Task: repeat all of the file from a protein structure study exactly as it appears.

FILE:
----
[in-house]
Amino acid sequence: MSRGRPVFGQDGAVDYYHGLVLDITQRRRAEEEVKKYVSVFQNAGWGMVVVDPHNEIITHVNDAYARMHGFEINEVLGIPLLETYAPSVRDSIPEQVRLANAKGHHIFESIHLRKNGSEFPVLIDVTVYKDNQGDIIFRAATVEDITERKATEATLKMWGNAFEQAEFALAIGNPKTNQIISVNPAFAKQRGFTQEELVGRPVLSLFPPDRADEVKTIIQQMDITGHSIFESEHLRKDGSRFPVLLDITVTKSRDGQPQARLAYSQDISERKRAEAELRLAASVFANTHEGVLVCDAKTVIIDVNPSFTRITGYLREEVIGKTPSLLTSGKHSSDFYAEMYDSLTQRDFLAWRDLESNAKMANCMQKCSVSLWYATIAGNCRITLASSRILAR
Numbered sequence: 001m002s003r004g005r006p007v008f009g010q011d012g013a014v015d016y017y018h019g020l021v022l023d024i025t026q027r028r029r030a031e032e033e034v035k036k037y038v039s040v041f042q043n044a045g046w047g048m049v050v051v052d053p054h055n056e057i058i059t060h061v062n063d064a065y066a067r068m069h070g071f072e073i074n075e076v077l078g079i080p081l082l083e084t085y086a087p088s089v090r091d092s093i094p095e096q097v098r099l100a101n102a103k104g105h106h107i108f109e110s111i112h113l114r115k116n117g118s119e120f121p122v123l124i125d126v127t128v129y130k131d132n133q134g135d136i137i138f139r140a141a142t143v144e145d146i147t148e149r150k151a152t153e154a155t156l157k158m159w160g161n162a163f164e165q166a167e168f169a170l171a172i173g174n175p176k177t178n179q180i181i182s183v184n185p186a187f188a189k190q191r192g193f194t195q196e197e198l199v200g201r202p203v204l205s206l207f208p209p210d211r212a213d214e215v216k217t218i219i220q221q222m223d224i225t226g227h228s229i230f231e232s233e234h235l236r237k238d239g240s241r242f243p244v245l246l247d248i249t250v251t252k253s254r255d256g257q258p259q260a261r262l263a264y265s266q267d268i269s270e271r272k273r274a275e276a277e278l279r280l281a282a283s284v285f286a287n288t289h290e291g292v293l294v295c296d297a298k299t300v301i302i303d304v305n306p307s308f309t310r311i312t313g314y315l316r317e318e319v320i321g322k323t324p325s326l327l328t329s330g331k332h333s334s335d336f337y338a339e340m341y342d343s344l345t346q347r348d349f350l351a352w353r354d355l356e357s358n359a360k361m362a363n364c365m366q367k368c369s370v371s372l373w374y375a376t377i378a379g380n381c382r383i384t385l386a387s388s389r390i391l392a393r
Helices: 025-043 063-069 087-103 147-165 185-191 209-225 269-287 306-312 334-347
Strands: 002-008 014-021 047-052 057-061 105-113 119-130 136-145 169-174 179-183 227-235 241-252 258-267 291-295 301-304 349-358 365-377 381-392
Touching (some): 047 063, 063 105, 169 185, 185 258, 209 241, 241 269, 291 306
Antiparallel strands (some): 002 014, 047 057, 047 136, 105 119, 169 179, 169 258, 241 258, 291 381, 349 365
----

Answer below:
[in-house]
Amino acid sequence: MSRGRPVFGQDGAVDYYHGLVLDITQRRRAEEEVKKYVSVFQNAGWGMVVVDPHNEIITHVNDAYARMHGFEINEVLGIPLLETYAPSVRDSIPEQVRLANAKGHHIFESIHLRKNGSEFPVLIDVTVYKDNQGDIIFRAATVEDITERKATEATLKMWGNAFEQAEFALAIGNPKTNQIISVNPAFAKQRGFTQEELVGRPVLSLFPPDRADEVKTIIQQMDITGHSIFESEHLRKDGSRFPVLLDITVTKSRDGQPQARLAYSQDISERKRAEAELRLAASVFANTHEGVLVCDAKTVIIDVNPSFTRITGYLREEVIGKTPSLLTSGKHSSDFYAEMYDSLTQRDFLAWRDLESNAKMANCMQKCSVSLWYATIAGNCRITLASSRILAR
Numbered sequence: 001m002s003r004g005r006p007v008f009g010q011d012g013a014v015d016y017y018h019g020l021v022l023d024i025t026q027r028r029r030a031e032e033e034v035k036k037y038v039s040v041f042q043n044a045g046w047g048m049v050v051v052d053p054h055n056e057i058i059t060h061v062n063d064a065y066a067r068m069h070g071f072e073i074n075e076v077l078g079i080p081l082l083e084t085y086a087p088s089v090r091d092s093i094p095e096q097v098r099l100a101n102a103k104g105h106h107i108f109e110s111i112h113l114r115k116n117g118s119e120f121p122v123l124i125d126v127t128v129y130k131d132n133q134g135d136i137i138f139r140a141a142t143v144e145d146i147t148e149r150k151a152t153e154a155t156l157k158m159w160g161n162a163f164e165q166a167e168f169a170l171a172i173g174n175p176k177t178n179q180i181i182s183v184n185p186a187f188a189k190q191r192g193f194t195q196e197e198l199v200g201r202p203v204l205s206l207f208p209p210d211r212a213d214e215v216k217t218i219i220q221q222m223d224i225t226g227h228s229i230f231e232s233e234h235l236r237k238d239g240s241r242f243p244v245l246l247d248i249t250v251t252k253s254r255d256g257q258p259q260a261r262l263a264y265s266q267d268i269s270e271r272k273r274a275e276a277e278l279r280l281a282a283s284v285f286a287n288t289h290e291g292v293l294v295c296d297a298k299t300v301i302i303d304v305n306p307s308f309t310r311i312t313g314y315l316r317e318e319v320i321g322k323t324p325s326l327l328t329s330g331k332h333s334s335d336f337y338a339e340m341y342d343s344l345t346q347r348d349f350l351a352w353r354d355l356e357s358n359a360k361m362a363n364c365m366q367k368c369s370v371s372l373w374y375a376t377i378a379g380n381c382r383i384t385l386a387s388s389r390i391l392a393r
Helices: 025-043 063-069 087-103 147-165 185-191 209-225 269-287 306-312 334-347
Strands: 002-008 014-021 047-052 057-061 105-113 119-130 136-145 169-174 179-183 227-235 241-252 258-267 291-295 301-304 349-358 365-377 381-392
Touching (some): 047 063, 063 105, 169 185, 185 258, 209 241, 241 269, 291 306
Antiparallel strands (some): 002 014, 047 057, 047 136, 105 119, 169 179, 169 258, 241 258, 291 381, 349 365